The book is slower than usual. Less happens. An author cannot write a sequel to a book that was published 20 years ago without summarizing it to some extent. Usually that's done with a concise and detailed prologue. Okay, it *can* be done that way. Instead, the author uses much of this book to explain what happened in the last one. The author abandons her "intensely first-person" shifting POV's. For example, if a character walks into a room there is no description of the room if the room is already known to the character. That can really move a plot along. On the other hand, some people over analyze things. If the character does that, you hear those thoughts -- over and over. Instead, here there are long sections of description and explanation of what happened instead of writing what is happening now.

In any event, more specifically:

The author has rewritten Cyteen to some extent. Jordan Warrick, completely examined in the last novel, seems to undergo personality change whereby he becomes irrational, a drunk, bitter, and generally unlikable. That wasn't his character in the last novel. Nothing in this novel explains it. No significant time has passed. No event has occurred to explain it -- indeed his circumstances would indicate any change in personality in the opposite direction.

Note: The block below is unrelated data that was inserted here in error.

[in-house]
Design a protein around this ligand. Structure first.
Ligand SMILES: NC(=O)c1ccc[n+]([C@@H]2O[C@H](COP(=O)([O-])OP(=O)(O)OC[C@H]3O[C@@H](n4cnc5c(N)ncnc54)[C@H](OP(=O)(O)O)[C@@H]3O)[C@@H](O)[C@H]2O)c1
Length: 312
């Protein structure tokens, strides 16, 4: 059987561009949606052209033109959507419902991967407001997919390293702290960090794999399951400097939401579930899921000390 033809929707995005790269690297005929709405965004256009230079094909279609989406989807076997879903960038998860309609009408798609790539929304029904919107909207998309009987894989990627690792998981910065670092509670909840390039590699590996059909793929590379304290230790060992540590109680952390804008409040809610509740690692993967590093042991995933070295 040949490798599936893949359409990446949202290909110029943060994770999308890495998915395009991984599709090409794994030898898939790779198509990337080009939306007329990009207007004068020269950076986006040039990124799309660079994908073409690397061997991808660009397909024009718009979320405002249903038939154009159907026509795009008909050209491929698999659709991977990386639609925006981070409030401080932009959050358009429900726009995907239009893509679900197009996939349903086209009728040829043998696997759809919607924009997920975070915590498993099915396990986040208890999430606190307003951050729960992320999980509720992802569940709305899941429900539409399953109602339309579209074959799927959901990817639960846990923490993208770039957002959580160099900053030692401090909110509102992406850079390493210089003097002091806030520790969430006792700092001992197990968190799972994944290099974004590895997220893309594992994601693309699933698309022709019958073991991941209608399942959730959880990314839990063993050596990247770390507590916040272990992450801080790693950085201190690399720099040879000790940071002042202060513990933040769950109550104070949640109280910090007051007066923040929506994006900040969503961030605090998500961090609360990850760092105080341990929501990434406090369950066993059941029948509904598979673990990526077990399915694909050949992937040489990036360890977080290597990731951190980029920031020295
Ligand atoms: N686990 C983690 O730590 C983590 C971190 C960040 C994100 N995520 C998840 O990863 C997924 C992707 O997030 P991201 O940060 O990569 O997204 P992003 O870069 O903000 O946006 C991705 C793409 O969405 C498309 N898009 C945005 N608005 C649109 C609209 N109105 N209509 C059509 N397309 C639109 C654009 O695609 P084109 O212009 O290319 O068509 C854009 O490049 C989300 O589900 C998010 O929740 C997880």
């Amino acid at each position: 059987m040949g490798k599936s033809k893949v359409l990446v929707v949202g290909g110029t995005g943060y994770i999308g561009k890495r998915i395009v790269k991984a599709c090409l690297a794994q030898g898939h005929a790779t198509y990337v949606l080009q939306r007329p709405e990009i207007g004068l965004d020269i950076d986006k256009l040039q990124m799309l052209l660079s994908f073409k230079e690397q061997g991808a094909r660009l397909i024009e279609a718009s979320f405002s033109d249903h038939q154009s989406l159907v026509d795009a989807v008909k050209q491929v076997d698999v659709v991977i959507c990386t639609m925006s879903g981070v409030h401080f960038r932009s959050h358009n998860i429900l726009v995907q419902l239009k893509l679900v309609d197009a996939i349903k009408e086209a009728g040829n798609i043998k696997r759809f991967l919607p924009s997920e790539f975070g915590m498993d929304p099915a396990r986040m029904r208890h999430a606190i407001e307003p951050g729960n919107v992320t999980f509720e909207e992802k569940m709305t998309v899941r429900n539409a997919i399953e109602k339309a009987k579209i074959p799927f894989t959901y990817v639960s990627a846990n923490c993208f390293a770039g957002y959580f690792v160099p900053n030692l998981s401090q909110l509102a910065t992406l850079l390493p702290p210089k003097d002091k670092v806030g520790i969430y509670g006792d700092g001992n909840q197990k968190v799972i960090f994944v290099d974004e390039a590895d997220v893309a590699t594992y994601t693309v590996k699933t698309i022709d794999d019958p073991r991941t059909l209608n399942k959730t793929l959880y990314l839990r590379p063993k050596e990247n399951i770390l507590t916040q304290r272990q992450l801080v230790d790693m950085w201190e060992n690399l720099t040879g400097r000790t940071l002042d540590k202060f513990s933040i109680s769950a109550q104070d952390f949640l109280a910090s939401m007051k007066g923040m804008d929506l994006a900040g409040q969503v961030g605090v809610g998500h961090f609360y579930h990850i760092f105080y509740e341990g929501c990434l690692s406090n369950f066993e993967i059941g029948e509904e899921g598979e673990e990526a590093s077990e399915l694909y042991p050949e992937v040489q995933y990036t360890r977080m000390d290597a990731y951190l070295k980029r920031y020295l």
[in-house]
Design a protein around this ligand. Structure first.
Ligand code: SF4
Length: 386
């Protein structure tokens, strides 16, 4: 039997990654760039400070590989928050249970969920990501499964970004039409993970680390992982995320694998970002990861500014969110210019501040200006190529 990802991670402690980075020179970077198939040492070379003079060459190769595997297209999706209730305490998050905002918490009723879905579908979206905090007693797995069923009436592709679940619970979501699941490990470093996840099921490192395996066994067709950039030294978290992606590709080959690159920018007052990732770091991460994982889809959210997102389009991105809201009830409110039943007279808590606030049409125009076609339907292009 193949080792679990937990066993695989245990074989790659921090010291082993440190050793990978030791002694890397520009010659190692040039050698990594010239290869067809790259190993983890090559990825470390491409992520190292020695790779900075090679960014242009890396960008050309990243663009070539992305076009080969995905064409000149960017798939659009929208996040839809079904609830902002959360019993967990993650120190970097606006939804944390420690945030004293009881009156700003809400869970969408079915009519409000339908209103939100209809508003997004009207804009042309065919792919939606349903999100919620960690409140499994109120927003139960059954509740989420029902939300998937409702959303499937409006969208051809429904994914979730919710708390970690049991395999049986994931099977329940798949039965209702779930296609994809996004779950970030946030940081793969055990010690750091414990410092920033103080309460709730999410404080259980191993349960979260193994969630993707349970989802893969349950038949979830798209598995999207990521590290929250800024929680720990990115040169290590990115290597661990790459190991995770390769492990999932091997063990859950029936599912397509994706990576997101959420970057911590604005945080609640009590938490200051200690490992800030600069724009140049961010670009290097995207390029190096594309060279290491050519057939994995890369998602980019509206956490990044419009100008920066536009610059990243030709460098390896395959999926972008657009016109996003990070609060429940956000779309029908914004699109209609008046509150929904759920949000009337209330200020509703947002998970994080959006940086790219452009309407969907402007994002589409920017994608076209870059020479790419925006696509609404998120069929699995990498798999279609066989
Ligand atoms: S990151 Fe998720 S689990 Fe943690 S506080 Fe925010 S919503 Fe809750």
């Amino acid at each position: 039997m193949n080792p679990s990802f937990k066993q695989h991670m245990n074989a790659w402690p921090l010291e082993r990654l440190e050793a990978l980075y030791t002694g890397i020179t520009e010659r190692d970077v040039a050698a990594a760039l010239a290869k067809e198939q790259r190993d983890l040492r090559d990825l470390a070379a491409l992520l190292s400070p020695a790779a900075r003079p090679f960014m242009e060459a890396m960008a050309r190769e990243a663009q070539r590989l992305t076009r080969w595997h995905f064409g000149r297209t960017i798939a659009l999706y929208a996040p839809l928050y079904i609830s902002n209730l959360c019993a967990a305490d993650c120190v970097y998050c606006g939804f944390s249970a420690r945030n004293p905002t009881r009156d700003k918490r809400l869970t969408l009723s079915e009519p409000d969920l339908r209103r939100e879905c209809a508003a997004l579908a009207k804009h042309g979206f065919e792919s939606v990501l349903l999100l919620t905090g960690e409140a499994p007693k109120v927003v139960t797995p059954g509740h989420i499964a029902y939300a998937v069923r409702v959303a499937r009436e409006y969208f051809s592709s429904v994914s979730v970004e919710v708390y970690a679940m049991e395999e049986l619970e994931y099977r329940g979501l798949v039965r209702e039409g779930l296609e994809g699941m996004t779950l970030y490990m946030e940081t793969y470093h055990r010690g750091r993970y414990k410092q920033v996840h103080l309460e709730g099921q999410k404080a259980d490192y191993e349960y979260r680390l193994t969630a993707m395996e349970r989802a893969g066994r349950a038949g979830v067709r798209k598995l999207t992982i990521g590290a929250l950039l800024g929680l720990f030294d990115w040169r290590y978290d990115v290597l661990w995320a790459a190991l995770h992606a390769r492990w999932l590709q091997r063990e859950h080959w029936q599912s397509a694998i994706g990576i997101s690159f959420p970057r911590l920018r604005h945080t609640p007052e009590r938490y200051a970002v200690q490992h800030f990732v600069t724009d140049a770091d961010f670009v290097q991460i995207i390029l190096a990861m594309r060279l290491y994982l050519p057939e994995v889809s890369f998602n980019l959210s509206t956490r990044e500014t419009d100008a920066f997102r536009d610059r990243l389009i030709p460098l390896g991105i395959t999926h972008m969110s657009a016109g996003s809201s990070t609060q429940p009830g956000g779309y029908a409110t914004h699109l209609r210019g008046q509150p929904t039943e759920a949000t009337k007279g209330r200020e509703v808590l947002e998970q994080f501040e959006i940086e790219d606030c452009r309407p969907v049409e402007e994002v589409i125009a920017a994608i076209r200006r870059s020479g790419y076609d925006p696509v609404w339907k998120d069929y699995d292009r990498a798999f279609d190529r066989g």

At the end of the last novel, Giraud and Nye would be the last characters, from Arianne's point of view, to undergo regenesis.
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15 of 16 people found the following review helpful By Jean Pond on January 16, 2009
Format: Hardcover
I would say that Regenesis is not so much a sequel to Cyteen as a continuation. Maybe that's splitting hairs. But it takes up within about a month of when Cyteen leaves off, which engenders a slightly odd feeling in its readers, many of whom have been waiting two decades to read the thing. We're twenty years older, but Ari Emory is still eighteen.

What Cherryh seems to be most interested in is relationships. She has developed a fully-realized society - Cyteen, with born-humans and azi - and she takes a detailed look at the lives of a large handful of its inhabitants.

Ari's relationship with Florian and Catlin. Ari with Jordan. Ari with Yanni.